In the wake of the past week’s revelations about the NSA’s unprecedented mass surveillance of phone calls, today the ACLU filed a lawsuit charging that the program violates Americans’ constitutional rights of free speech, association, and privacy.
This lawsuit comes a day after we submitted a motion to the Foreign Intelligence Surveillance Court (FISC) seeking the release of secret court opinions on the Patriot Act’s Section 215, which has been interpreted to authorize this warrantless and suspicionless collection of phone records.
Last week, The Guardian released an order issued by the FISC that compelled a Verizon subsidiary—Verizon Business Network Services (VBNS)—to hand over, on an ‘ongoing, daily basis,’ details for every phone call placed on its network for a prospective three-month period. Collecting those details—’metadata‘ that reveals who people talk to, for how long, how often, and possibly from where—allows the government to paint an alarmingly detailed picture of Americans’ private lives. The FISC order cited Section 215 as its legal basis, yet the breadth of the authority it granted to the government is simply incompatible with the text of the statute.
As an organization that advocates for and litigates to defend the civil liberties of society’s most vulnerable, the staff at the ACLU naturally use the phone—a lot—to talk about sensitive and confidential topics with clients, legislators, whistleblowers, and ACLU members. And since the ACLU is a VBNS customer, we were immediately confronted with the harmful impact that such broad surveillance would have on our legal and advocacy work. So we’re acting quickly to get into court to challenge the government’s abuse of Section 215.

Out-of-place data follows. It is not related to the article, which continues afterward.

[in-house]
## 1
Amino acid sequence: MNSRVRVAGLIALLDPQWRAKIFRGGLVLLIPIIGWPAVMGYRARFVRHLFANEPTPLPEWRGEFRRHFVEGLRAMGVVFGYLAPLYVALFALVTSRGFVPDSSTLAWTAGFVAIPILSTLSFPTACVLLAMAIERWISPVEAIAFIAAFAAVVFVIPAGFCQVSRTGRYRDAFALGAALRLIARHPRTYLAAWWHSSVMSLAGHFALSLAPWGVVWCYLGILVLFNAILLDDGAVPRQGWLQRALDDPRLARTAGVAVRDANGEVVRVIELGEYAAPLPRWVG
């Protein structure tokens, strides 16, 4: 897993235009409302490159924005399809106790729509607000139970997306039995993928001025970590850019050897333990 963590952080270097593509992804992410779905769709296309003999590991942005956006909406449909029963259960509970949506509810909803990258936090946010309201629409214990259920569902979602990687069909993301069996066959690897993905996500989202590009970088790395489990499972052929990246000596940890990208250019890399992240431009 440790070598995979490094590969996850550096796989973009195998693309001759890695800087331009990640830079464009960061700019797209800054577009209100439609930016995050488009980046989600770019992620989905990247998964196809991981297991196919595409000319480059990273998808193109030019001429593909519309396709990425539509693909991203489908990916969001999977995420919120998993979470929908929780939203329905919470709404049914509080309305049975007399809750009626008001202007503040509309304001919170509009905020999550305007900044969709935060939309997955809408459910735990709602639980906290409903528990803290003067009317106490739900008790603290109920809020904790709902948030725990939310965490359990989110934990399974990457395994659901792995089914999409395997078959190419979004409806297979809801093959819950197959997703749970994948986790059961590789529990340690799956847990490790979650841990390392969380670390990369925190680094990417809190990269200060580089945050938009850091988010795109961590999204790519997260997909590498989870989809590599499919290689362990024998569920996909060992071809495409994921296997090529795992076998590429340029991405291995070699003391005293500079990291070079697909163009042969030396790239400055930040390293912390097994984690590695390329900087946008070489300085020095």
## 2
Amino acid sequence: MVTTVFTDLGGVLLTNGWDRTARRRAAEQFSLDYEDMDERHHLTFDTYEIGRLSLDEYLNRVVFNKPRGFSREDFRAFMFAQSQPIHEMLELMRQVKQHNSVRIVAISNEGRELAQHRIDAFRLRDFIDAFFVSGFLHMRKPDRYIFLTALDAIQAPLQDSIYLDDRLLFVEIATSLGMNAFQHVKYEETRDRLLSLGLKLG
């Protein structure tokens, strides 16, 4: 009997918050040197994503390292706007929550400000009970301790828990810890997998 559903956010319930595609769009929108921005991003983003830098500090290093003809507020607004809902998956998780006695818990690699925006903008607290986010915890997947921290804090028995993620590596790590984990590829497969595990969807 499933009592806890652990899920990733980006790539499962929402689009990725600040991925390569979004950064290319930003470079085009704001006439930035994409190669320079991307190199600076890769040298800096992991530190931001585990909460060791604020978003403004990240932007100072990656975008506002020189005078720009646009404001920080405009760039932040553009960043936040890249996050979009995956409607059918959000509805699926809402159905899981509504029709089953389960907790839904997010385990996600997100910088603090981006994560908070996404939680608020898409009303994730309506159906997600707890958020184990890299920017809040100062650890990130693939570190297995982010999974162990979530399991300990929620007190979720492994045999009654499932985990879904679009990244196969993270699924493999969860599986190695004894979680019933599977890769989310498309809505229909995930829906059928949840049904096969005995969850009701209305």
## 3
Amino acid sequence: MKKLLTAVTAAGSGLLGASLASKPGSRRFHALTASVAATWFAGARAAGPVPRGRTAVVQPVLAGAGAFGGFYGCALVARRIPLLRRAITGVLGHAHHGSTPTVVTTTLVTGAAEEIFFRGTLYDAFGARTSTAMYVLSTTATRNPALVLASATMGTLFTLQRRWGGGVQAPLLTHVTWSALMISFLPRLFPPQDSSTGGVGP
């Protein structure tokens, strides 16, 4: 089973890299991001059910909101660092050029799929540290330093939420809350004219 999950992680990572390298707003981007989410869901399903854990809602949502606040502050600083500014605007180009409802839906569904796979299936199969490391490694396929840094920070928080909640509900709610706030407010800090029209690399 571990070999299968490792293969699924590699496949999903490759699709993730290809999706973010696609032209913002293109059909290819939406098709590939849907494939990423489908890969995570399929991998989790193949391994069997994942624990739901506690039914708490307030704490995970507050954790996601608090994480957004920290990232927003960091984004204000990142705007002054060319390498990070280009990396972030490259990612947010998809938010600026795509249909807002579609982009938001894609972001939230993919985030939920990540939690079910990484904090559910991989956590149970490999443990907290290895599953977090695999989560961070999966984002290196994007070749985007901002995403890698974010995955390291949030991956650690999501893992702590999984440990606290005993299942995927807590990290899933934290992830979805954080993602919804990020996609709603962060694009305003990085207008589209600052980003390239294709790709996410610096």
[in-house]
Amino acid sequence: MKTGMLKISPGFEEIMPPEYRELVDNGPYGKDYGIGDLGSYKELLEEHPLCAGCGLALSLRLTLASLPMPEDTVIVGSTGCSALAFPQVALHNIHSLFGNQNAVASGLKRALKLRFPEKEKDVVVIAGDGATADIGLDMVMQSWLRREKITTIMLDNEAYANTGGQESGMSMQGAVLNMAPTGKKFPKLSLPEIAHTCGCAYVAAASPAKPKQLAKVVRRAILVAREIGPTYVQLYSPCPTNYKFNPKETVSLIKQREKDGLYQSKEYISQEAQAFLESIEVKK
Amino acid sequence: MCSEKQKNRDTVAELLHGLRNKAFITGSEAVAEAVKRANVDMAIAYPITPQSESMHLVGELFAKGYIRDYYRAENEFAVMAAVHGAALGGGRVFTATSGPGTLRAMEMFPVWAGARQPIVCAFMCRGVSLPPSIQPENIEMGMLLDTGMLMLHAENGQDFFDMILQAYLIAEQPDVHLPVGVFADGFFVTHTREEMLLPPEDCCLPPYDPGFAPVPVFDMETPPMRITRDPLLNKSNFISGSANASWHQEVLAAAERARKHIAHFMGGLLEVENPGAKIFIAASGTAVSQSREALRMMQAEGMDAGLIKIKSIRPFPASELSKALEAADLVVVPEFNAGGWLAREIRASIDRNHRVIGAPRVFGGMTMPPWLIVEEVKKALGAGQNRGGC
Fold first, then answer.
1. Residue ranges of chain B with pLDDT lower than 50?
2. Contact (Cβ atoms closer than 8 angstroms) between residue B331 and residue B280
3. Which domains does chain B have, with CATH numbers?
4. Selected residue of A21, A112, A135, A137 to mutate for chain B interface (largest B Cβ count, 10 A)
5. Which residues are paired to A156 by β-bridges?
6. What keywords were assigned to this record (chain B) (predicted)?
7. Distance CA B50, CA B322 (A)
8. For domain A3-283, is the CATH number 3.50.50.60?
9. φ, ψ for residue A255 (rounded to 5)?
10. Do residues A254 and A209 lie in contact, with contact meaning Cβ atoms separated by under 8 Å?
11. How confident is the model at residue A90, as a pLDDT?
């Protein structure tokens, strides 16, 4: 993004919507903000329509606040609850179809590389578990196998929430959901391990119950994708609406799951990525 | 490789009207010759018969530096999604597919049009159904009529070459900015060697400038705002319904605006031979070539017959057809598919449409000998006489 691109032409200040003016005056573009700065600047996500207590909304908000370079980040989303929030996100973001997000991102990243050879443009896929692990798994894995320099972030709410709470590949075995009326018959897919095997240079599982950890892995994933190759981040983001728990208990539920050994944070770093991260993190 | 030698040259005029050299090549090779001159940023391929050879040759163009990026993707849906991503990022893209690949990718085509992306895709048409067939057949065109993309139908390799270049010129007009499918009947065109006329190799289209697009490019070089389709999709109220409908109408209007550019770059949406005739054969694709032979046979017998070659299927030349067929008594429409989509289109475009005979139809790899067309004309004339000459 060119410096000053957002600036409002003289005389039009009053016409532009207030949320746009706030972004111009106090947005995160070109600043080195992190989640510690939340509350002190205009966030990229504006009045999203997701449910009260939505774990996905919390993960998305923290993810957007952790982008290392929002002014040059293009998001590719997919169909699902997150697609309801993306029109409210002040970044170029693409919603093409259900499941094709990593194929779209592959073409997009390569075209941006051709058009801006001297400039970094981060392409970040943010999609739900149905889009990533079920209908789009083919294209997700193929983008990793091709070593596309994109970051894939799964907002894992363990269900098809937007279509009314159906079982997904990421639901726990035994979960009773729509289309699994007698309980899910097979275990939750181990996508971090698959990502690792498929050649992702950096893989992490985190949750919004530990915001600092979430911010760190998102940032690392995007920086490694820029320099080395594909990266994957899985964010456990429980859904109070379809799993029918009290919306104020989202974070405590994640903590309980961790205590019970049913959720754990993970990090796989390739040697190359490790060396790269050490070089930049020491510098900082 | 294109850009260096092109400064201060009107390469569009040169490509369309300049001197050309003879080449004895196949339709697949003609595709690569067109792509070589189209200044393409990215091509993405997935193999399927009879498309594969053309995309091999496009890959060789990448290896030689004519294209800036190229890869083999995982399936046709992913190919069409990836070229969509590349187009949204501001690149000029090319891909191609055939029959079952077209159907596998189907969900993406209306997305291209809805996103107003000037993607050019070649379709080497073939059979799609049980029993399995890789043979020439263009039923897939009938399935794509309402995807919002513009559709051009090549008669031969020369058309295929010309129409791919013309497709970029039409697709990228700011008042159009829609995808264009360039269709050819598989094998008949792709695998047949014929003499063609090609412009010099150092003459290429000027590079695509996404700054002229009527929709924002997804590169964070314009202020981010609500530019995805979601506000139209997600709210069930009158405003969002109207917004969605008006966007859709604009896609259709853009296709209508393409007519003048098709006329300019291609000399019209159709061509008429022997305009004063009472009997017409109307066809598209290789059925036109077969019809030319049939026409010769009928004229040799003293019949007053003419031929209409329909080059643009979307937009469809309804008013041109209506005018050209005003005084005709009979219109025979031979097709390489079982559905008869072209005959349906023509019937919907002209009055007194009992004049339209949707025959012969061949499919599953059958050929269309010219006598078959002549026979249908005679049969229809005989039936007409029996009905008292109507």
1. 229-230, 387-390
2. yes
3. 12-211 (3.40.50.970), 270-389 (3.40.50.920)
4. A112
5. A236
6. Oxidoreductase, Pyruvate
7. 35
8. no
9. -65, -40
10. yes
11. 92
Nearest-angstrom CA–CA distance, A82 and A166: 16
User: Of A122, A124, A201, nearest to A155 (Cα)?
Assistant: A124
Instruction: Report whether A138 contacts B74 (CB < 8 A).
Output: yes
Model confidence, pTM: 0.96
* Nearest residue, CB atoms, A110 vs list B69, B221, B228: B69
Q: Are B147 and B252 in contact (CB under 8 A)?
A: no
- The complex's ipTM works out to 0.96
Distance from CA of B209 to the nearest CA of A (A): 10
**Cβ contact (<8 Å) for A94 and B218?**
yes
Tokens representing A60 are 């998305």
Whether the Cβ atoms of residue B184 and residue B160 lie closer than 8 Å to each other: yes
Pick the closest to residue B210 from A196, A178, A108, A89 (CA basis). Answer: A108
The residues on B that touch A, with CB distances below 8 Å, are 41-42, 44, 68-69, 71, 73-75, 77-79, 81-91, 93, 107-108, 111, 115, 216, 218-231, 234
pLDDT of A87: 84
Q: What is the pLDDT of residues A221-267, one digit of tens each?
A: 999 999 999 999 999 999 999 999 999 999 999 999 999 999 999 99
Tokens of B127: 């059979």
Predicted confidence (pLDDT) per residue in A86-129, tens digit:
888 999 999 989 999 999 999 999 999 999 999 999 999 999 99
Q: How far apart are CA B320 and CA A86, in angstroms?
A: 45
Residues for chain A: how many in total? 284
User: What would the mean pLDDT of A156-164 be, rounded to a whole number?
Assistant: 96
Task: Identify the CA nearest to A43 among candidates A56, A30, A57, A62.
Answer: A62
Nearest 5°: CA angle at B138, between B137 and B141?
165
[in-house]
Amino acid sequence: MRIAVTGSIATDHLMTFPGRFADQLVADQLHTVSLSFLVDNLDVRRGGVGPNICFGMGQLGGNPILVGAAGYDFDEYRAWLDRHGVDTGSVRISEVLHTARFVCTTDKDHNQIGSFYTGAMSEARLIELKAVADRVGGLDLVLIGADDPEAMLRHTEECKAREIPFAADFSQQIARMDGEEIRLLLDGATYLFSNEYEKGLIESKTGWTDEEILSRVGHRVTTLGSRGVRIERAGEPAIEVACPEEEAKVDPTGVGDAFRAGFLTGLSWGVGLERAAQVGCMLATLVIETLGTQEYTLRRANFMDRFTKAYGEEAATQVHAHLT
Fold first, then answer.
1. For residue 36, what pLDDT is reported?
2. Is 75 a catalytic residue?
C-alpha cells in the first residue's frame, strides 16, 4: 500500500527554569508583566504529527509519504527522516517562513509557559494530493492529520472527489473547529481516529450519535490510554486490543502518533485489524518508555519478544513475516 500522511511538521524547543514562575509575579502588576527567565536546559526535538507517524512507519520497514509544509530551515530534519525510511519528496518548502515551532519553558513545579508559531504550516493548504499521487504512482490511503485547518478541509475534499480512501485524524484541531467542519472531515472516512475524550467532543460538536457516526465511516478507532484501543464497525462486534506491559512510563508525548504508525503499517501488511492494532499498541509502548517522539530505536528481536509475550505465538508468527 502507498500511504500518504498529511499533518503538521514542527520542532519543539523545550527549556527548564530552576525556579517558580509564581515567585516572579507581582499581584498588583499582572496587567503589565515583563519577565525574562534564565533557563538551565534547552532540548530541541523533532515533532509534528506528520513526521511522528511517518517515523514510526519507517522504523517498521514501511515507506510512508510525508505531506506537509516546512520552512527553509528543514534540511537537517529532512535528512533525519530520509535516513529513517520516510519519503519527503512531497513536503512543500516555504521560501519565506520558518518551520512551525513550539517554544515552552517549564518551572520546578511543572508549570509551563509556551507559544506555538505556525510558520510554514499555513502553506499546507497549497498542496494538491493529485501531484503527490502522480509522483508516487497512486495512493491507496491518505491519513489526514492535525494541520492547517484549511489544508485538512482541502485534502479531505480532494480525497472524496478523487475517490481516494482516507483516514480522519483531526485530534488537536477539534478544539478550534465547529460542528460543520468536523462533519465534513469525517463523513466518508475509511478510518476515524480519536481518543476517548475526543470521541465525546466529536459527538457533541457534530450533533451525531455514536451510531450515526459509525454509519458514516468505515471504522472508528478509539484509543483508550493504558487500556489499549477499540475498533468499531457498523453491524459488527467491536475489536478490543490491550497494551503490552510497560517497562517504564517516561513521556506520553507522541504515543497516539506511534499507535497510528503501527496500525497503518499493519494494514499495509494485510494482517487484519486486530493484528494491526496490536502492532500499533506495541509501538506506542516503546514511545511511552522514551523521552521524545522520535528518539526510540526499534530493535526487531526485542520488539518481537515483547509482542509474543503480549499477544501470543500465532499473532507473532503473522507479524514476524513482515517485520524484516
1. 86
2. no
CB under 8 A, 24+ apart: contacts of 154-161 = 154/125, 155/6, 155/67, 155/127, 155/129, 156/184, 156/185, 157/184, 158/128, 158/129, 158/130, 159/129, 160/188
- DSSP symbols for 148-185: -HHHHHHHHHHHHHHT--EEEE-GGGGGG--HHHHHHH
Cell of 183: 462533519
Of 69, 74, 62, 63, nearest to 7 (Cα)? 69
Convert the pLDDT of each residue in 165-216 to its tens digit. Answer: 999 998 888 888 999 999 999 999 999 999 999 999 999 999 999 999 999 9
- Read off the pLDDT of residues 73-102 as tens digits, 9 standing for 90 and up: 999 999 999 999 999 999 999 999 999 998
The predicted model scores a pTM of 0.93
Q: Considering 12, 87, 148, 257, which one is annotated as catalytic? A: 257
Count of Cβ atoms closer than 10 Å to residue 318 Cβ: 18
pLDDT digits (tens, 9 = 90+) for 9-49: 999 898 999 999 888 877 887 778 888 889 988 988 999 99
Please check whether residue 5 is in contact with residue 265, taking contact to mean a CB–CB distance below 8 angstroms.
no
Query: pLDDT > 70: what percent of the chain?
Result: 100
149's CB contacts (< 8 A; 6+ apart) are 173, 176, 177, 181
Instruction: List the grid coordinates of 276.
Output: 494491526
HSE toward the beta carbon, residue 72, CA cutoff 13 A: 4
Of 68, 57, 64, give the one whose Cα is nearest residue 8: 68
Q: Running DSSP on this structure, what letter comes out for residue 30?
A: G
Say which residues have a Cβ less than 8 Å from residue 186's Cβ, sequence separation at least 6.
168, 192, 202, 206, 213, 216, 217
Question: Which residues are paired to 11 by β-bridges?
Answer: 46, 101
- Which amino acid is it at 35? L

The ACLU’s complaint filed today explains that the dragnet surveillance the government is carrying out under Section 215 infringes upon the ACLU’s First Amendment rights, including the twin liberties of free expression and free association. The nature of the ACLU’s work—in areas like access to reproductive services, racial discrimination, the rights of immigrants, national security, and more—means that many of the people who call the ACLU wish to keep their contact with the organization confidential. Yet if the government is collecting a vast trove of ACLU phone records—and it has reportedly been doing so for as long as seven years—many people may reasonably think twice before communicating with us….
Brace yourself America; we’re in for a bumpy ride. The ACLU is the first organization to sue the Obama administration for infringing upon the liberties of Americans and invading our privacy but you can bet that they will not be the last.
As for those officials who support the spying and infringing upon the liberties of Americans on both the left and the right, they must be voted out of office, once and for all.
On a final note, can’t help but wonder how Obama and his Communist bffs are going to feel about one of their own suing the pants off of them.
- ACLU asks spy court to release secret rulings in response to leaks (tv.msnbc.com)
- Rights groups ask US spy court for justification of Verizon order (pcworld.com)
- Michael Savage: ACLU turns on Obama (wnd.com)
- Big Surveillance Apologists Shun Constitution (acslaw.org)
- NSA ‘top secret’ spying order affects millions of Americans: FAQ (zdnet.com)
- Does the Fourth Amendment regulate the NSA’s analysis of call records? The FISC might have ruled it does. (concurringopinions.com)
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